Elsevier named a Best Company for Women and Diversity

2020 Comparably Awards recognize Elsevier as a “Best Company” for Women and Diversity – based on employee surveys

By Catherine Adenle - December 17, 2020

This week Comparably — the global workplace culture and compensation monitoring site — announced the winners of its 2020 Best Places to Work Awards. I’m delighted to say that Elsevier has been named among the top 50 Best Companies for Women and Best Companies for Diversity.

One of the things that makes this recognition especially meaningful is that the Comparably awards are based on the opinions of those that matter most – the people who work here.

Comparably CEO Jason NazarThat's the driving force behind these awards, according to Comparably Co-Founder and CEO  Jason Nazar:

At Comparably, we believe that employees provide the truest reflection of a company’s culture. Across the tens of thousands of companies that we monitor, Elsevier is among the best employers of 2020. The direct feedback from the team is that it is a place where women can thrive and diversity is respected and celebrated.

We aim to ensure that Elsevier is a great place to work: where employees feel valued, have equal opportunities and benefit from pay equality, regardless of their gender, gender identity, national origin, race, ethnicity, religion, sexual orientation, age or disability status. It’s heartening to hear that we’re succeeding at that.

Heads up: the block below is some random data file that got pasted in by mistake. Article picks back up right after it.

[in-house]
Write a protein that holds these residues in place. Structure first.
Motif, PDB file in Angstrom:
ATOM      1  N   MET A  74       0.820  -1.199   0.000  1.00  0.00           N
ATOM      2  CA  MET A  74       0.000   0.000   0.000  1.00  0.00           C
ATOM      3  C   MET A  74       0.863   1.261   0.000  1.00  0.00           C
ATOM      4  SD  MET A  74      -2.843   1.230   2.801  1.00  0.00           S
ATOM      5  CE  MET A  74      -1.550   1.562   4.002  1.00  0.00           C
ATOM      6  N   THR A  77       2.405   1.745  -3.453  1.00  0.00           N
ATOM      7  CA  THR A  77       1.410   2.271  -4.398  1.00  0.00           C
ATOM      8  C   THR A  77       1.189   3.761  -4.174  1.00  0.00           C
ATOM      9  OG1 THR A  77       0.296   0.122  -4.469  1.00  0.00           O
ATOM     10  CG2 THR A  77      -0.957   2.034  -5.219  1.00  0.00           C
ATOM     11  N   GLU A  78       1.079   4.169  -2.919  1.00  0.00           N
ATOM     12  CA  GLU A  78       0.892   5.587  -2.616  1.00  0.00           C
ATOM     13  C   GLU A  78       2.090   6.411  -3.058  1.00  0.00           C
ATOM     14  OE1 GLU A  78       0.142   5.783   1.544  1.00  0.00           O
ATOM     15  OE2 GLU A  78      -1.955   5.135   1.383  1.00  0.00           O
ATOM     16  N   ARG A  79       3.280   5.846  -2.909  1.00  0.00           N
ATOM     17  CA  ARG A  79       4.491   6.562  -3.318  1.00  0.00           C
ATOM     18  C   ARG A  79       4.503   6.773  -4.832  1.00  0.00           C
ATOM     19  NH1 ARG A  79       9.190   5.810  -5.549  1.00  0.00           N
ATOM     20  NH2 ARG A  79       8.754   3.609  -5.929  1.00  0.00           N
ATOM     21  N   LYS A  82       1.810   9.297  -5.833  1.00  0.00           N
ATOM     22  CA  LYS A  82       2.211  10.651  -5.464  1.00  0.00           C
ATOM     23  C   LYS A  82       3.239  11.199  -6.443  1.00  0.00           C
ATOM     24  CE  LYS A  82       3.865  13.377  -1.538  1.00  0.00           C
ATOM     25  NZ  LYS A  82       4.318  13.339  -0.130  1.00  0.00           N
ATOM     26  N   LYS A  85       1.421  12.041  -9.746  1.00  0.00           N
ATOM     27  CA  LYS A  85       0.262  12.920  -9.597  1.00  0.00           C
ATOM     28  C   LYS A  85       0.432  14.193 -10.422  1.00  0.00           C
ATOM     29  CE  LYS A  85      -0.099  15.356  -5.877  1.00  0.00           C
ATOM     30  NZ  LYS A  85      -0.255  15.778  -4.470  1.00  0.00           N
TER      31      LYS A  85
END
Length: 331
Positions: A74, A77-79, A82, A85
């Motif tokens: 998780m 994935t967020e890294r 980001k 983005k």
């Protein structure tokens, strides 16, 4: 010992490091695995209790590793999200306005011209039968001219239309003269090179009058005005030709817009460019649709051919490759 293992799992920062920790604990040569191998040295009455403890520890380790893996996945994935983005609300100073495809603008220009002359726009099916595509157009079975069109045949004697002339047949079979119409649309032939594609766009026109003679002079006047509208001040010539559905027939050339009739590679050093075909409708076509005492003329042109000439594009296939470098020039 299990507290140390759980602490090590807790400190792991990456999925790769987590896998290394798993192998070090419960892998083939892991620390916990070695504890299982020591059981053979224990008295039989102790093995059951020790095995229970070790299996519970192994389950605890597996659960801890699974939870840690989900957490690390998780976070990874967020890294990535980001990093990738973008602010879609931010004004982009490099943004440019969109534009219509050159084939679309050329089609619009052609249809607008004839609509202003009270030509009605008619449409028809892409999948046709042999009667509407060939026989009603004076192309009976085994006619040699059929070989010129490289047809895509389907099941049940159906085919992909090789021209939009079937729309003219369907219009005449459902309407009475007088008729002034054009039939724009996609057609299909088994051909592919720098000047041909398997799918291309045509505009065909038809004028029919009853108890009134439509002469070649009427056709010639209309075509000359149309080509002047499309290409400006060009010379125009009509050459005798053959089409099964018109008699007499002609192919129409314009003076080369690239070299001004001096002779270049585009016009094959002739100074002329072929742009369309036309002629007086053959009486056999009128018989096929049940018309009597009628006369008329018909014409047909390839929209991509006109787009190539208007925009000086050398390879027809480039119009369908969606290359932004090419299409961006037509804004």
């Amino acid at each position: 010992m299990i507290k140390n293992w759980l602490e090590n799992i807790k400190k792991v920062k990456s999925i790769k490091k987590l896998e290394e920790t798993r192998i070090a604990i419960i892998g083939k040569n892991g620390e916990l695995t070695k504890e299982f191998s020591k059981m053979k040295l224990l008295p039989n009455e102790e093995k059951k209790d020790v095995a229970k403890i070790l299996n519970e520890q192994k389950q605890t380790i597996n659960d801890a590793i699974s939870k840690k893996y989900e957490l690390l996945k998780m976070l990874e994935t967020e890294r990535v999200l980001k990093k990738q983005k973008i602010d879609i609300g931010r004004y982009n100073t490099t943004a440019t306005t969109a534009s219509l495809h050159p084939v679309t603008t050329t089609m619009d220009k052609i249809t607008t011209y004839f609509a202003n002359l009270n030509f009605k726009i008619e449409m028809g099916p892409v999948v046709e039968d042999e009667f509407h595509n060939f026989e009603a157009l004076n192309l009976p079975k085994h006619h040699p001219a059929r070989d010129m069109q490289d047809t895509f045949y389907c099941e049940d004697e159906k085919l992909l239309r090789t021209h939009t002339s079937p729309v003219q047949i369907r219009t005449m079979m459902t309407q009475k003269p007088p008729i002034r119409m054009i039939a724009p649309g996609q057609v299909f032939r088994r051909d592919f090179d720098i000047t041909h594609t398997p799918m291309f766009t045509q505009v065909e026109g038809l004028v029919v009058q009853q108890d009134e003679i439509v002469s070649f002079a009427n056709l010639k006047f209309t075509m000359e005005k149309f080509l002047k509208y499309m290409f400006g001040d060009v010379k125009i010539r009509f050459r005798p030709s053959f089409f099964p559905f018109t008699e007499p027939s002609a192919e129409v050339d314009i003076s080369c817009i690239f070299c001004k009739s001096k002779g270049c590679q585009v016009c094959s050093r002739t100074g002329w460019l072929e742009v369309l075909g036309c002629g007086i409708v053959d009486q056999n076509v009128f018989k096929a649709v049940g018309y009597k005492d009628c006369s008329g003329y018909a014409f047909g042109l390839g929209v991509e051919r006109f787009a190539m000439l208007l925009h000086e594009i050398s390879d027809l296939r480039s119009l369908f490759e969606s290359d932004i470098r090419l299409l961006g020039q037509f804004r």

Visit Elsevier’s Comparably page

Given the importance  of employees’ voices in deciding the outcome of these awards, I wanted to highlight some of the feedback we’ve heard recently from Elsevier staff on these topics.

“Diversity and inclusion are in the heart of Elsevier culture.”

Phylicia HarveyPhylicia Harvey, a Continuing Education Specialist based in Philadelphia, recently wrote about inclusion and diversity at Elsevier, saying it was her top requirements for any company:

I am so proud to work for a company like Elsevier that is passionate about diversity and inclusion, and one that’s making a positive impact on society and customers through so many unique contributions.

From an employee angle, I truly believe that diversity and inclusion are in the heart of Elsevier culture. The company understands the importance of having people engaged from a wide range of backgrounds, experiences and ideas to achieve real innovation for our customers globally.

She also highlighted some of the ways Elsevier supports inclusion and diversity, including our acknowledgement that Black Lives Matter and our actions to shed light on racial and social equity. She talked about Elsevier’s work to promote inclusive language and phase out inappropriate terms that were deemed racist or non-inclusive on various platforms, as well as our partnership with Black Women in Science and Engineering (BWISE) to bridge the leadership gap for Black women in STEM.

“An ERG allowed someone to feel safe and be their authentic self at work.”